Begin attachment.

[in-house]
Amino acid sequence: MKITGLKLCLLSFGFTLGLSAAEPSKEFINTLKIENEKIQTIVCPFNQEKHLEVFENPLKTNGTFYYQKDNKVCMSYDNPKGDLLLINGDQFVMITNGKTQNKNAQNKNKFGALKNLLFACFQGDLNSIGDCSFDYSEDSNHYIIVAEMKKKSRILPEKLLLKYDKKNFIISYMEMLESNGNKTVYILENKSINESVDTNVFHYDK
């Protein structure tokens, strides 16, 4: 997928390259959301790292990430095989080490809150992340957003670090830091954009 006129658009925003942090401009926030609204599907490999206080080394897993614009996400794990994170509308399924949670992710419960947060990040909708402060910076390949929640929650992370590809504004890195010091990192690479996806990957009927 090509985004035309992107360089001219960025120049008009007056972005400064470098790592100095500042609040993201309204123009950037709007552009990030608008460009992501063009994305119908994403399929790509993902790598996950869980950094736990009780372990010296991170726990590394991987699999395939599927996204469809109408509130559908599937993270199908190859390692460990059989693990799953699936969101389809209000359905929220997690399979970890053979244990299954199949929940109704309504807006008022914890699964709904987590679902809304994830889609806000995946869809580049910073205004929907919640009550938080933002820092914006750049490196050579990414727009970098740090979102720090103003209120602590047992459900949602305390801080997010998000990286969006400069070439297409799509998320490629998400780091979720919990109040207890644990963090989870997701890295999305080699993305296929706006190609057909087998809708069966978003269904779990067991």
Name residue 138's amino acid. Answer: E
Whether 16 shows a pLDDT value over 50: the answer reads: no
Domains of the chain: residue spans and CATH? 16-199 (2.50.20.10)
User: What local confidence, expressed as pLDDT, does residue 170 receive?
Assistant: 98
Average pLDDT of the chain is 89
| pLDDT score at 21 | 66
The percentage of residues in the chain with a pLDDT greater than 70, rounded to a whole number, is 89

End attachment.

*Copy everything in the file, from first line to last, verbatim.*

[in-house]
Amino acid sequence: MKITGLKLCLLSFGFTLGLSAAEPSKEFINTLKIENEKIQTIVCPFNQEKHLEVFENPLKTNGTFYYQKDNKVCMSYDNPKGDLLLINGDQFVMITNGKTQNKNAQNKNKFGALKNLLFACFQGDLNSIGDCSFDYSEDSNHYIIVAEMKKKSRILPEKLLLKYDKKNFIISYMEMLESNGNKTVYILENKSINESVDTNVFHYDK
């Protein structure tokens, strides 16, 4: 997928390259959301790292990430095989080490809150992340957003670090830091954009 006129658009925003942090401009926030609204599907490999206080080394897993614009996400794990994170509308399924949670992710419960947060990040909708402060910076390949929640929650992370590809504004890195010091990192690479996806990957009927 090509985004035309992107360089001219960025120049008009007056972005400064470098790592100095500042609040993201309204123009950037709007552009990030608008460009992501063009994305119908994403399929790509993902790598996950869980950094736990009780372990010296991170726990590394991987699999395939599927996204469809109408509130559908599937993270199908190859390692460990059989693990799953699936969101389809209000359905929220997690399979970890053979244990299954199949929940109704309504807006008022914890699964709904987590679902809304994830889609806000995946869809580049910073205004929907919640009550938080933002820092914006750049490196050579990414727009970098740090979102720090103003209120602590047992459900949602305390801080997010998000990286969006400069070439297409799509998320490629998400780091979720919990109040207890644990963090989870997701890295999305080699993305296929706006190609057909087998809708069966978003269904779990067991």
Name residue 138's amino acid. Answer: E
Whether 16 shows a pLDDT value over 50: the answer reads: no
Domains of the chain: residue spans and CATH? 16-199 (2.50.20.10)
User: What local confidence, expressed as pLDDT, does residue 170 receive?
Assistant: 98
Average pLDDT of the chain is 89
| pLDDT score at 21 | 66
The percentage of residues in the chain with a pLDDT greater than 70, rounded to a whole number, is 89